A Letter to Scrum Masters
Dear Scrum Master!
Being a Professional Scrum Trainer, agile coach & consultant for a while I had a chance to work with around a thousand Scrum Masters across different organizations. I see recurring patterns of misunderstanding and misapplication of Scrum usually visible in how Scrum Masters act. Based on that experience I want to share a couple of important points with you in hope that you will seriously consider them in your work.
1. You are not a boss. Repeat: You are not a manager. Repeat: You are not a foreman.
Specifically you are not responsible for making sure the team delivers everything that was planned during the Sprint Planning. You are not responsible for gathering reports and coordinating work to meet deadlines. You are not responsible for ensuring everyone chimes in, so you are not responsible for checking if people are working hard enough nor handling laggards. You are not responsible for distributing work nor ensuring it is distributed fairly and in a way that makes best use of the talents and skills of your team.
Your responsibility is nurturing, creating a team that would care for most of the above and more. This is a huge difference.
A good analogy is that of a sports coach. During a match all a coach can do is watch from the bench. He is responsible for creating a team that will play the game, not directing each and every player once the game starts. In the end it is the team that is responsible for winning, not the coach.
2. None of the meetings in Scrum are for you. You are not supposed to be the center of attention at any one of them.
Specifically, the Daily Scrum is not a reporting session, if you stand in the center and everyone else looks at you as they talk you’re doing it wrong. Also, the Sprint Review is not about showing team statistics and burndown charts. It is about showing a working product to the clients. Did I mention you’re not supposed to be the center of attention? That also applies to the Sprint Review, you shouldn’t be the one doing most of the talking — at best you should be the one doing the minimal moderation (that is keeping the meeting focused and effective) while the Product Owner and the team host the stakeholders, present their work and gather feedback.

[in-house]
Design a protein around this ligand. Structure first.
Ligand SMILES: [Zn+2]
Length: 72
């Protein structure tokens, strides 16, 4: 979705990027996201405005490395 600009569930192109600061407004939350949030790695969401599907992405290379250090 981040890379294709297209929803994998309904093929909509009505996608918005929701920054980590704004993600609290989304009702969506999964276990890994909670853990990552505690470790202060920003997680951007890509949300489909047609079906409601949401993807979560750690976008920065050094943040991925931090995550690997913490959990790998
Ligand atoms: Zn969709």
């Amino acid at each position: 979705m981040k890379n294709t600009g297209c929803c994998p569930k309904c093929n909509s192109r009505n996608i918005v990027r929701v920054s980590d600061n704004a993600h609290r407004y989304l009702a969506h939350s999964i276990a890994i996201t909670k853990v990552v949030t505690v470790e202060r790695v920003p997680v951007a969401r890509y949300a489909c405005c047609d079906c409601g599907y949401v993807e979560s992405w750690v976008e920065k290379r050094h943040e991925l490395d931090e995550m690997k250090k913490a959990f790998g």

If in doubt what Daily Scrum or Sprint Reviews are for re-read the Scrum Guide or attend a training led by a qualified, experienced trainer from a reputable Scrum organization (as of now this means Scrum.org or Scrum Alliance).
3. You are also not a "Scrum Secretary".
The fact that the team “does Scrum” and you have been elected/nominated/duped into being its Scrum Master doesn’t automatically mean that you should draw burndowns, move cards around on the board and keep other “Scrum artifacts” up to date. You may choose to do some or all of those things for a while, especially with a new, inexperienced team, but never ever allow the team to think this is your job as a Scrum Master.
Doing that might give them the false idea that all those artifacts are for you — or the process, the management etc. — while in fact they are all for them, the team sprinting to reach the Sprint Goal. You are there to help them realize that.
4. You are also not a technical leader or an architect.